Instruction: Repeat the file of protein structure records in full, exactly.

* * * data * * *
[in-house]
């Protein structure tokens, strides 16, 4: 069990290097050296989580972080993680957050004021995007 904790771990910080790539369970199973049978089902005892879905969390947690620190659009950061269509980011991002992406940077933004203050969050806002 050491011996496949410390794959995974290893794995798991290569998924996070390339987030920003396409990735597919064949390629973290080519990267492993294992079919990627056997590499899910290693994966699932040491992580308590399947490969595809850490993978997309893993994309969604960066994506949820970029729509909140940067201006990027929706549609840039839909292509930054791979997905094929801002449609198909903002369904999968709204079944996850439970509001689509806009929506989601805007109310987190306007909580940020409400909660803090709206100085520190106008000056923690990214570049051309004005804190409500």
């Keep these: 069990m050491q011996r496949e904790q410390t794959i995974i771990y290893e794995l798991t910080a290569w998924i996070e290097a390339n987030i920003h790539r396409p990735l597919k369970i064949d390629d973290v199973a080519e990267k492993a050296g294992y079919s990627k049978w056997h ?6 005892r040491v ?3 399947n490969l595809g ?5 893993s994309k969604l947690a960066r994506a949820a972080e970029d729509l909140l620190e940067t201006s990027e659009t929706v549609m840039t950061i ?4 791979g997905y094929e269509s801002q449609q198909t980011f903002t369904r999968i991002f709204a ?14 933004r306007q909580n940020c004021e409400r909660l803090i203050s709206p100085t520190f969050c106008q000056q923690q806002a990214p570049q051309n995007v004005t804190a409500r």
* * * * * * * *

[in-house]
């Protein structure tokens, strides 16, 4: 069990290097050296989580972080993680957050004021995007 904790771990910080790539369970199973049978089902005892879905969390947690620190659009950061269509980011991002992406940077933004203050969050806002 050491011996496949410390794959995974290893794995798991290569998924996070390339987030920003396409990735597919064949390629973290080519990267492993294992079919990627056997590499899910290693994966699932040491992580308590399947490969595809850490993978997309893993994309969604960066994506949820970029729509909140940067201006990027929706549609840039839909292509930054791979997905094929801002449609198909903002369904999968709204079944996850439970509001689509806009929506989601805007109310987190306007909580940020409400909660803090709206100085520190106008000056923690990214570049051309004005804190409500």
């Keep these: 069990m050491q011996r496949e904790q410390t794959i995974i771990y290893e794995l798991t910080a290569w998924i996070e290097a390339n987030i920003h790539r396409p990735l597919k369970i064949d390629d973290v199973a080519e990267k492993a050296g294992y079919s990627k049978w056997h ?6 005892r040491v ?3 399947n490969l595809g ?5 893993s994309k969604l947690a960066r994506a949820a972080e970029d729509l909140l620190e940067t201006s990027e659009t929706v549609m840039t950061i ?4 791979g997905y094929e269509s801002q449609q198909t980011f903002t369904r999968i991002f709204a ?14 933004r306007q909580n940020c004021e409400r909660l803090i203050s709206p100085t520190f969050c106008q000056q923690q806002a990214p570049q051309n995007v004005t804190a409500r």